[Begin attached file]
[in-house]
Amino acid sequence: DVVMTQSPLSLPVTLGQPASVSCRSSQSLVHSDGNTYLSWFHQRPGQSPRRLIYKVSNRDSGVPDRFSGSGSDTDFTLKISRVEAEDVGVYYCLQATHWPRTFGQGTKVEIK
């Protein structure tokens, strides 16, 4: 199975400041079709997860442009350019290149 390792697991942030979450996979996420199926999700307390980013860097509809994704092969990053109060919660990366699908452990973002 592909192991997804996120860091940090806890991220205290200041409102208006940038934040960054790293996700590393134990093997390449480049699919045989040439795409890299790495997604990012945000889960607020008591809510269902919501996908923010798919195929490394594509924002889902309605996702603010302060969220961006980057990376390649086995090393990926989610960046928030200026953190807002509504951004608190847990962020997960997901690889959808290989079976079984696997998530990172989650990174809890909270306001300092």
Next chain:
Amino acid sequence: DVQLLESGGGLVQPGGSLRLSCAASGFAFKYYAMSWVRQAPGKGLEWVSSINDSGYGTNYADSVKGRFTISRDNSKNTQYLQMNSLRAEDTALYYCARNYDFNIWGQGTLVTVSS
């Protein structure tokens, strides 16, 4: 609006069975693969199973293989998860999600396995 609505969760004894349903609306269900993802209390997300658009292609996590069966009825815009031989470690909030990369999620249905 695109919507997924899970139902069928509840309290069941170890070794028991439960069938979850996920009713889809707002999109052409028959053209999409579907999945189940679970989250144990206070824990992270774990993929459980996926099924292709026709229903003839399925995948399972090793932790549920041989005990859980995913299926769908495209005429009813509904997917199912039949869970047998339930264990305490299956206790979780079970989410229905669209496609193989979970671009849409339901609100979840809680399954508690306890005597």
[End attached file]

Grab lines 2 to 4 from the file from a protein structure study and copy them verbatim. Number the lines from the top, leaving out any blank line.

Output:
Amino acid sequence: DVVMTQSPLSLPVTLGQPASVSCRSSQSLVHSDGNTYLSWFHQRPGQSPRRLIYKVSNRDSGVPDRFSGSGSDTDFTLKISRVEAEDVGVYYCLQATHWPRTFGQGTKVEIK
């Protein structure tokens, strides 16, 4: 199975400041079709997860442009350019290149 390792697991942030979450996979996420199926999700307390980013860097509809994704092969990053109060919660990366699908452990973002 592909192991997804996120860091940090806890991220205290200041409102208006940038934040960054790293996700590393134990093997390449480049699919045989040439795409890299790495997604990012945000889960607020008591809510269902919501996908923010798919195929490394594509924002889902309605996702603010302060969220961006980057990376390649086995090393990926989610960046928030200026953190807002509504951004608190847990962020997960997901690889959808290989079976079984696997998530990172989650990174809890909270306001300092």
Next chain: